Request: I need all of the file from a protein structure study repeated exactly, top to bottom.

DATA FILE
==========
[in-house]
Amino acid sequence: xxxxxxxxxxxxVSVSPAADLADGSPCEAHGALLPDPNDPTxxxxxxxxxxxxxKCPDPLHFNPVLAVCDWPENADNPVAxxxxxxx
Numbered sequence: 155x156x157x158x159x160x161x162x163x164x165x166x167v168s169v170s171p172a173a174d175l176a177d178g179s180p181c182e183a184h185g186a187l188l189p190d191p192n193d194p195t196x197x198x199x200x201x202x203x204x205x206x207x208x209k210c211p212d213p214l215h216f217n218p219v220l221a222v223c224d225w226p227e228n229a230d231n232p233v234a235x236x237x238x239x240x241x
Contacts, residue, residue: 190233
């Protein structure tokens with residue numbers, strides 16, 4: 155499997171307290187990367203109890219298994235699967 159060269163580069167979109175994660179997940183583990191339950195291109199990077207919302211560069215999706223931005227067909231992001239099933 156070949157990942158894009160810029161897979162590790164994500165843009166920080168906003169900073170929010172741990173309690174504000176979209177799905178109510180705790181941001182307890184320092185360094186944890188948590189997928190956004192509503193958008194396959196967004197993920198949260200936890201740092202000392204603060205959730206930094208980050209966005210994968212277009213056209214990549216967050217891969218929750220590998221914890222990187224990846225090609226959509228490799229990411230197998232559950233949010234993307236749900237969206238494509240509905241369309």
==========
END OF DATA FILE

[in-house]
Amino acid sequence: xxxxxxxxxxxxVSVSPAADLADGSPCEAHGALLPDPNDPTxxxxxxxxxxxxxKCPDPLHFNPVLAVCDWPENADNPVAxxxxxxx
Numbered sequence: 155x156x157x158x159x160x161x162x163x164x165x166x167v168s169v170s171p172a173a174d175l176a177d178g179s180p181c182e183a184h185g186a187l188l189p190d191p192n193d194p195t196x197x198x199x200x201x202x203x204x205x206x207x208x209k210c211p212d213p214l215h216f217n218p219v220l221a222v223c224d225w226p227e228n229a230d231n232p233v234a235x236x237x238x239x240x241x
Contacts, residue, residue: 190233
């Protein structure tokens with residue numbers, strides 16, 4: 155499997171307290187990367203109890219298994235699967 159060269163580069167979109175994660179997940183583990191339950195291109199990077207919302211560069215999706223931005227067909231992001239099933 156070949157990942158894009160810029161897979162590790164994500165843009166920080168906003169900073170929010172741990173309690174504000176979209177799905178109510180705790181941001182307890184320092185360094186944890188948590189997928190956004192509503193958008194396959196967004197993920198949260200936890201740092202000392204603060205959730206930094208980050209966005210994968212277009213056209214990549216967050217891969218929750220590998221914890222990187224990846225090609226959509228490799229990411230197998232559950233949010234993307236749900237969206238494509240509905241369309």